This is a type of feather moss that grows quickly, spreading rapidly sideways. It is commonly found in North America, with its favorite natural habitats being rotten wood, such as felled trees, old logs, and fence posts. It’s a good choice for quickly covering empty space between plants or in a rock garden with a bright and attractive base. Unlike most types of moss, shiny seductive moss enjoys full sun

10. Plume Moss

Plume Moss

Scientific Name: Ptilium crista-castrensis

Type: Pleurocarpous

Mature Size: Up to 5 inches tall

Light: Partial to full shade

Soil: Acidic, moist

Special Features: Decorative and symmetrical

This moss is widely found in Canada and northern Europe and is also known as ‘ostrich-plume feather moss,’ which gives a good indication of the aesthetics of the moss. It is also known as ‘knight's plume moss,’ as it was said to resemble the feathers on a knights helmet. The feathery foliage is mid-green in color, with a spreading growth habit that results in dense mats of it covering large areas of forest ground.

11. Ribbed Bog Moss

American-Tree-Moss

Credit to tim-waters

Scientific Name: Aulacomnium palustre

Type: Acrocarpous

Mature Size: Up to 5 inches tall

Light: Partial sun to full shade

Soil: Boggy, wet

Special Features: Contrasting stems and leaves

Also known as ‘bog groove moss,’ this type of moss forms extensive collections of tufts which together become a densely matted carpet. It is found across the world in boggy habitats and is frequently found to be the dominant type of moss in wetlands, with a higher rate of incidence than most other wild moss. It has orange-brown stalks and yellow-green fine foliage. It fares best in cool climates and is widespread in Canada.

12. Water Screw Moss

American-Tree-Moss

Credit to John Game

Scientific Name: Syntrichia latifolia

Type: Acrocarpous

Mature Size: Up to 1 inch tall

Light: Partial shade

Soil: Sandy, gravel

Special Features: Tolerant of flooding

This moss has a very decorative look, with small broad leaves packed in circles around the stems so that they look almost like a carpet of tiny green flowers. This moss is predominantly found growing on trees, though it will also grow on moist walls and rocks, and can be seen growing along the side of shaded roads.

 

13. Glittering Wood Moss

Glittering Wood Moss

Scientific Name: Hylocomium splendens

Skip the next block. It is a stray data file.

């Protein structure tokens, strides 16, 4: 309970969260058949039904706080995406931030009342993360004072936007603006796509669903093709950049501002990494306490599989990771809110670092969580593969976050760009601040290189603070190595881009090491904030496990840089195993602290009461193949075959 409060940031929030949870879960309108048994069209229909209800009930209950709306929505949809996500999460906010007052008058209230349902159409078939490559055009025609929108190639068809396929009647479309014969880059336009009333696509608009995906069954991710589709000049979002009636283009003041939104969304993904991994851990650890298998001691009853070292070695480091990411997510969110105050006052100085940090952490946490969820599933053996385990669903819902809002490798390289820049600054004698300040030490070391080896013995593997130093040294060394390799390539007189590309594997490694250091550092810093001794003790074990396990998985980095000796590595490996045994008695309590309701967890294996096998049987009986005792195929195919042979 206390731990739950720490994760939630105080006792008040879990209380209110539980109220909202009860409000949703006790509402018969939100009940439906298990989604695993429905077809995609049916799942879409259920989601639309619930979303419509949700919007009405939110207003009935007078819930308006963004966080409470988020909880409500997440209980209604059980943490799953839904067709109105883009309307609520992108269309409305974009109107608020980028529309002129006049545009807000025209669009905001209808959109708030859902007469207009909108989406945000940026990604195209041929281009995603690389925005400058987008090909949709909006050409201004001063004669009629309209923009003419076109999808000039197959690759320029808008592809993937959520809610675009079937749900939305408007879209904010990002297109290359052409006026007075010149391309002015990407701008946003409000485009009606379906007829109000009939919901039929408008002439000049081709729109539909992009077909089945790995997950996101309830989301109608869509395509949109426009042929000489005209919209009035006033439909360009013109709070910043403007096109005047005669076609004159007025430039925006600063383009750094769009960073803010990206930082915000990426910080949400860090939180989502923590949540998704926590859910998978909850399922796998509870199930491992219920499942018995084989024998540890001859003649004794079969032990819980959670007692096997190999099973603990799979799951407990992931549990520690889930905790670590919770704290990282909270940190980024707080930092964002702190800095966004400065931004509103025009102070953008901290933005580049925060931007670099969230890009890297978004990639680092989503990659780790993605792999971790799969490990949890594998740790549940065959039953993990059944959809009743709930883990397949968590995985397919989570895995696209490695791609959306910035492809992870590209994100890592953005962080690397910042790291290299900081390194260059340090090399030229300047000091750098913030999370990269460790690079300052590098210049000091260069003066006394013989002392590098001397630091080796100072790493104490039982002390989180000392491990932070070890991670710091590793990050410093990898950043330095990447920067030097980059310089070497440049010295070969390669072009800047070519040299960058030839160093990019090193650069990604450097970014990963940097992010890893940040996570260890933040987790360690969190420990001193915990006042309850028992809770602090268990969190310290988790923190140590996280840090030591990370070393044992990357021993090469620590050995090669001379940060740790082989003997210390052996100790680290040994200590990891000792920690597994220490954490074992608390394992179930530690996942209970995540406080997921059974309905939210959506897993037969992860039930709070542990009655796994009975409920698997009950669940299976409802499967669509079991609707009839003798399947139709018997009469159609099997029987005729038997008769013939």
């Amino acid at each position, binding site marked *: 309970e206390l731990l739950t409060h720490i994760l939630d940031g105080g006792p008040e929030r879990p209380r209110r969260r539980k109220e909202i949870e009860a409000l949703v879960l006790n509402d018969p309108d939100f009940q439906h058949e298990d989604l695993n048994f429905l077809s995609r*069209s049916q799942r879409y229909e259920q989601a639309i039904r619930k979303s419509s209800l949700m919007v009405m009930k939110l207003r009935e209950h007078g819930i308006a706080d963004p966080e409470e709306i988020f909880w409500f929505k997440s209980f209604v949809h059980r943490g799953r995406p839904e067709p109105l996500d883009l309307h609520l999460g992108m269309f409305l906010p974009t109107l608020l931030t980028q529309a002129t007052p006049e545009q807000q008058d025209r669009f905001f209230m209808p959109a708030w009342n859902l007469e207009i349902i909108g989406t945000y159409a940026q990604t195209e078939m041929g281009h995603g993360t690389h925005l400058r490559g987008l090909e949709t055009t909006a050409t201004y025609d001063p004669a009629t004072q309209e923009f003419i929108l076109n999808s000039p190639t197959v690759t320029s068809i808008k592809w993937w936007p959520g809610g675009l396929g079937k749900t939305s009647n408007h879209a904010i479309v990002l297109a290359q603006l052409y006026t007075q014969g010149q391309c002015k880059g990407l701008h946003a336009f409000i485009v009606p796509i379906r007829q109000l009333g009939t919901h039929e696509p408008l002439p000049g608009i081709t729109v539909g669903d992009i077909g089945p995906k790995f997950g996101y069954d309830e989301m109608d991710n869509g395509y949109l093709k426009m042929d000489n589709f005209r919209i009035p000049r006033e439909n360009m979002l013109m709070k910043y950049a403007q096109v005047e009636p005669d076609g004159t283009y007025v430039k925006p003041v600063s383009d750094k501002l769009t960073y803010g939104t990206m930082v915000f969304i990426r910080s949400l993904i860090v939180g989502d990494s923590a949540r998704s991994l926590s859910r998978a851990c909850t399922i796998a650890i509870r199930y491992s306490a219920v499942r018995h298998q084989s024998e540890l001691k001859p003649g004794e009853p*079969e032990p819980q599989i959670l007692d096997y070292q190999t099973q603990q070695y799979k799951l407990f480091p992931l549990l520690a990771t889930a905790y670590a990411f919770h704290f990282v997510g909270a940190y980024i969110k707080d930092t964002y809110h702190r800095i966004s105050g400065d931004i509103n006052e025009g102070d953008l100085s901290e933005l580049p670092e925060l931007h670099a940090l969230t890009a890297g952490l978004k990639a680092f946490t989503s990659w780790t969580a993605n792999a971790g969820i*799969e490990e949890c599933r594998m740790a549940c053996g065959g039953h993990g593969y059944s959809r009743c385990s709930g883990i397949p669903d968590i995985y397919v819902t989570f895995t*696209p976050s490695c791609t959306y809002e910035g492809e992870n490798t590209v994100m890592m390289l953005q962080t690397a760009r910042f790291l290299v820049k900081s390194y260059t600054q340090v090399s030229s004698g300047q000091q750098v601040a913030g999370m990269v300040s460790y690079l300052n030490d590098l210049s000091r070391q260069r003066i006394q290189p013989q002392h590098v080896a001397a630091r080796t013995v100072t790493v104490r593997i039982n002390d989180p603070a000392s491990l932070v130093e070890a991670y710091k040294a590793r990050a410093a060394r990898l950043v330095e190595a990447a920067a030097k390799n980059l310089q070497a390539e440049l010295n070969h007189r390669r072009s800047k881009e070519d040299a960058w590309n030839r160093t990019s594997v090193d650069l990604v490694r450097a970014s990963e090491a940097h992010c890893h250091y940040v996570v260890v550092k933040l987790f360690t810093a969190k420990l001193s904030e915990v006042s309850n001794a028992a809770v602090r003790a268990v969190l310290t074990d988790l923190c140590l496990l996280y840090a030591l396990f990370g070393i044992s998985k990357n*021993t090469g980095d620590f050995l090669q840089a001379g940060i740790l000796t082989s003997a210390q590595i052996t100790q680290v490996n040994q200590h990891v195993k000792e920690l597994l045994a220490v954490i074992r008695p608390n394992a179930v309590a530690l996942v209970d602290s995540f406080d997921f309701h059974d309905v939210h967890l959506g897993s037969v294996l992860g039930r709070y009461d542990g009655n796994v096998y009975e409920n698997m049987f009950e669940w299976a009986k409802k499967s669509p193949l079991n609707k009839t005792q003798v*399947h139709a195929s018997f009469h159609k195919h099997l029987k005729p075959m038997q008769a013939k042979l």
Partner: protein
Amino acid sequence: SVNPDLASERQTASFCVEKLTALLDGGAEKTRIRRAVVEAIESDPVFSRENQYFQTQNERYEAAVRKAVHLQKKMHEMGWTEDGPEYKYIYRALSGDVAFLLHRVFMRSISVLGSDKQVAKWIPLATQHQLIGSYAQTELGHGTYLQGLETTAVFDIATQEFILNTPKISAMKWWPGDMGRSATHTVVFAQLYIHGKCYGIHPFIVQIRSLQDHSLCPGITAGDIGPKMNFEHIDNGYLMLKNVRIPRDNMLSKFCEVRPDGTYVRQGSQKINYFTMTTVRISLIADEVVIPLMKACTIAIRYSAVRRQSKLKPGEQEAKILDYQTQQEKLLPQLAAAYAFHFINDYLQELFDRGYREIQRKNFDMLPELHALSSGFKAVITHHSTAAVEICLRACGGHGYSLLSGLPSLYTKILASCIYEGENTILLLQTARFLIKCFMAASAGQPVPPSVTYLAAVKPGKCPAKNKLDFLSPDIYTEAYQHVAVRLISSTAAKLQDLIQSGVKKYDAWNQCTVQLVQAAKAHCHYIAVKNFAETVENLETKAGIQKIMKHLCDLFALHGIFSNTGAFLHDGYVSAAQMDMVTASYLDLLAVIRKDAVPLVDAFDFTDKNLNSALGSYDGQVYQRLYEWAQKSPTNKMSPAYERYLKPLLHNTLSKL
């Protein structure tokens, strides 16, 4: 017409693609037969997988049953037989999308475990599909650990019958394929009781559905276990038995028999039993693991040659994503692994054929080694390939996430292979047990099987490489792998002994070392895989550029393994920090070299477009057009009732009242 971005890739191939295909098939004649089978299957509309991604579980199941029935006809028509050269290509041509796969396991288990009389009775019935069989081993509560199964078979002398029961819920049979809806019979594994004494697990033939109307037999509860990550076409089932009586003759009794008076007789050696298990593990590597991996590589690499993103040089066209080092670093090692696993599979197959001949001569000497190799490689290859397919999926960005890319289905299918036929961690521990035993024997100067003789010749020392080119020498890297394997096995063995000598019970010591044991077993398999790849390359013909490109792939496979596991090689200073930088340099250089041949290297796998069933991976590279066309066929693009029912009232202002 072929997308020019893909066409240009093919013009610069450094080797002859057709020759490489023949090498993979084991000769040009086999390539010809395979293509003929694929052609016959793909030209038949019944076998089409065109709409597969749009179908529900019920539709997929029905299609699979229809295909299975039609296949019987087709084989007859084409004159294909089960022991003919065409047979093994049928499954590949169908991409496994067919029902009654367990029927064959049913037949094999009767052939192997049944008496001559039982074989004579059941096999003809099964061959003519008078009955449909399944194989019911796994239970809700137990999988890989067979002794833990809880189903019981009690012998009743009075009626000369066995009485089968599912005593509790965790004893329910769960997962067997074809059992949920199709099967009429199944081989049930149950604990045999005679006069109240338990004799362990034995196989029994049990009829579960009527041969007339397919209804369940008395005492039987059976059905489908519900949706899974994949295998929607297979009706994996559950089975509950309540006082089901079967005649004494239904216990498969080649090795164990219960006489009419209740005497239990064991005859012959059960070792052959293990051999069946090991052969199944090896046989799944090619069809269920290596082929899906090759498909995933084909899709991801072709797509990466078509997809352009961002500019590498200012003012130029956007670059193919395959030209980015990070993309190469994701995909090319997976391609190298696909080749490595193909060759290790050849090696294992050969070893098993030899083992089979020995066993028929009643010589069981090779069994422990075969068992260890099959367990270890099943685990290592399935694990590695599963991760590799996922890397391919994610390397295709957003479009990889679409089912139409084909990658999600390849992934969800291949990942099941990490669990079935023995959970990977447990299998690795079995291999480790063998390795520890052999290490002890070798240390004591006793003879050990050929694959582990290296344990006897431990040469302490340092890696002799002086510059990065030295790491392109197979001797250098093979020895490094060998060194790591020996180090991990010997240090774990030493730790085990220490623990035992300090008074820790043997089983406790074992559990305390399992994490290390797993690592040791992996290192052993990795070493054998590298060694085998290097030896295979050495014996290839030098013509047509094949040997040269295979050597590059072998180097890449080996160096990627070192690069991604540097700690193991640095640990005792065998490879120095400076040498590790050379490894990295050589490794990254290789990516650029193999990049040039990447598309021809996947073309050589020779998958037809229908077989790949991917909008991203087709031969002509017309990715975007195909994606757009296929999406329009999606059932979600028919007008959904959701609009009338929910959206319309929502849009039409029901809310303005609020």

Type: Pleurocarpous

Mature Size: Up to 4 inches tall

Light: Partial shade

Soil: Acidic

Special Features: Glossy foliage shimmers in the light

This type of feather moss is widespread across the Northern Hemisphere, preferring cool climates such as Russia, Scotland, and Canada. It has red stems, which can measure up to 8 inches long, with gloss olive green foliage. It has a decorative appeal, like tiny branches of a spruce tree. It has antibacterial properties, and its uses include lining floral displays, as well as filling gaps in the building of log cabins in Canada and Alaska.

 

14. Juniper Moss

Juiper Moss

Scientific Name: Polytrichum juniperinum

Type: Acrocarpous

Mature Size: Up to 5 inches tall

Light: Partial sun and partial shade

Soil: Acidic, dry

Special Features: Enjoys dry and exposed habitats

This type of moss grows on every continent on the globe. Unusually for moss, juniper moss prefers dry habitats and is rarely found growing in moist environments, it also grows well in exposed locations, whereas most moss prefers a sheltered habitat. It is widespread and can typically be found growing on dry grasslands, forest footpaths, quarries, and gravel. It has an attractive but unfriendly look to it, with spiky foliage in rosette-like patterns.

15. Shaggy Moss

Shaggy Moss

Scientific Name: Rhytidiadelphus triquetrus

Type: Pleurocarpous

Mature Size: Up to 4 inches tall

Light: Partial shade

Soil: Rich, moist

Special Features: Sprawling habit will work well as ground cover

This fuzzy moss grows on long tail-like stems. The common name ‘shaggy moss’ is very appropriate as the moss has an unkempt, messy look to it. Older foliage takes on a brown hue, while newer foliage is bright green. This moss is one of the most commonly found types of moss growing throughout forests in the Pacific Midwest. Its ideal habitat is moist and fertile soil, though it can also be found growing along riverbanks and streams and on trees.

16. Common Tamarisk Moss

Common Tamarisk Moss

Scientific Name: Thuidium tamariscinum

Type: Acrocarpous

Mature Size: Up to 6 inches tall

Light: Partial shade to full shade

Soil: Heavy, clay, neutral

Special Features: Delicate fern-like appeal

This moss has a distinct lacy look. Its foliage is bright yellow-green and reminiscent of a fern. It has dark stems which contrast the leaves. Unlike most types of moss that prefer acidic soil, common tamarisk moss is typically found growing on neutral soils. It grows in dense tufts on damp ground and rotting logs (Woodland Trust).

17. Catherine’s Moss

Catherine’s Moss

Scientific Name: Atrichum undulatum

Type: Acrocarpous

Mature Size: Up to 3 inches tall

Light: Full shade to partial shade

Soil: Well-draining

Special Features: Will grow on almost any moist surface

This moss is also known as ‘big star moss’ because its lance-shaped leaves spread out from the stems to create a wide star shape when looked on from above. Leaves are bright green with a stiff texture, which becomes crispy when the plant is dry. It is commonly found growing on rocks and grasslands and will tolerate a wide range of soil types. It prefers a shaded position but will cope with some exposure to sunlight.

18. Dwarf Haircap Moss

Scientific Name: Pogonatum aloides

Type: Acrocarpous

Mature Size: Up to 1 inch tall

Light: Shade

Soil: Acidic, sandy, loamy, loose

Special Features: Visually attractive

This attractive moss has more of a look of a succulent plant than typical moss. It has stubby red stems from which stiff triangular foliage grows in a rosette pattern, much like an aloe plant. It enjoys heavy shade and will grow abundantly in sheltered areas on sandy soil and rotting logs.

19. Rigid Beard Moss

Scientific Name: Didymodon rigidulus

Type: Acrocarpous

Mature Size: Up to one-third of an inch tall

Light: Partial to full shade

Soil: Acidic

Special Features: Dense carpet-like quality

This is the most common moss among the Didymodon species. It is commonly found growing amongst gaps in concrete, paving slabs, rocks, and bricks in old walls. It is made up of lots of tiny leaves that clump together to form soft, dense mats. It has a dark emerald green color and prefers moist, shaded conditions.

19 Types of Mosses For Your Garden